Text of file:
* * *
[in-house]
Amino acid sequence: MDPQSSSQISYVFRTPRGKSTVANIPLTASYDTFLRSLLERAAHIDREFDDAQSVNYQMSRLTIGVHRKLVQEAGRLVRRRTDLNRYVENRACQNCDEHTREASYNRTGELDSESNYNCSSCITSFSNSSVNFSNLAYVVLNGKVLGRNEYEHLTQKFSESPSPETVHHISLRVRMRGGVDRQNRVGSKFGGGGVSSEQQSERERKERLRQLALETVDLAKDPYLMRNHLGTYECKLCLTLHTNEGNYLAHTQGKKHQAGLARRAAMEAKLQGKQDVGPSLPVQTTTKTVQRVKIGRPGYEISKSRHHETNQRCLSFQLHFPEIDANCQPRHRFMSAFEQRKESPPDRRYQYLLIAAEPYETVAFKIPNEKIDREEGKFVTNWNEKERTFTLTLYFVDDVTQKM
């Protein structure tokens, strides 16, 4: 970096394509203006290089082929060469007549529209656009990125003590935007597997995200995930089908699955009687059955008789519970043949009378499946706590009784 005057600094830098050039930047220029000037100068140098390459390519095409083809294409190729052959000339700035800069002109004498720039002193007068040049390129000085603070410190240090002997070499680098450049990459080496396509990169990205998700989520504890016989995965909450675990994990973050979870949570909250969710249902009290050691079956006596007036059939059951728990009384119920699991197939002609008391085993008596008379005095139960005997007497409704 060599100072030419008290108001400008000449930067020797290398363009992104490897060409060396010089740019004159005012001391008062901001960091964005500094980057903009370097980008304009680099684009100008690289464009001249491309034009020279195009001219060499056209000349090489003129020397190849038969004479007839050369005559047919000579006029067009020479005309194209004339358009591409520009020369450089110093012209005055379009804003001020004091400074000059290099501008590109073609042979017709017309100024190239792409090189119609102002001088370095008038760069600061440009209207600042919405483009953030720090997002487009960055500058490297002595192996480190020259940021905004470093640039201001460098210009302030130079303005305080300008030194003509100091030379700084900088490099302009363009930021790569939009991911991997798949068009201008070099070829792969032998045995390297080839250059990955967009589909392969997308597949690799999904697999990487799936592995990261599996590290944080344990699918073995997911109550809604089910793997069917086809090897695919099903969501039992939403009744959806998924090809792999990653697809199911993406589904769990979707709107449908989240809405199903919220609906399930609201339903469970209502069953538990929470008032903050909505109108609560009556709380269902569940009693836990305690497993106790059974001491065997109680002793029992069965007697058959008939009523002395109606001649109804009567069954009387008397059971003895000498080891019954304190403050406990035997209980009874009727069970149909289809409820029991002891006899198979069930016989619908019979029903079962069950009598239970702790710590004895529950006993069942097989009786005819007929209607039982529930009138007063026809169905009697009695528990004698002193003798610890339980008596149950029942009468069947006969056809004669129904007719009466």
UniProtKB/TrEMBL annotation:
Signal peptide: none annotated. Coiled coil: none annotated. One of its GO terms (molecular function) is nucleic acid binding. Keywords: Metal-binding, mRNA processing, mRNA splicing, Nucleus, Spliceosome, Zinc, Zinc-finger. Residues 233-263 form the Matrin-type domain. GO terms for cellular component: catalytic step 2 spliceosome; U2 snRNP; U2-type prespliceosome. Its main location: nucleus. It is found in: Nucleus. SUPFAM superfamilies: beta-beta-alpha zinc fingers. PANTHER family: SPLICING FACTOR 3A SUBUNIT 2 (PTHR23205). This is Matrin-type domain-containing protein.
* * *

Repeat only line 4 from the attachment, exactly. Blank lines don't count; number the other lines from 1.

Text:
UniProtKB/TrEMBL annotation: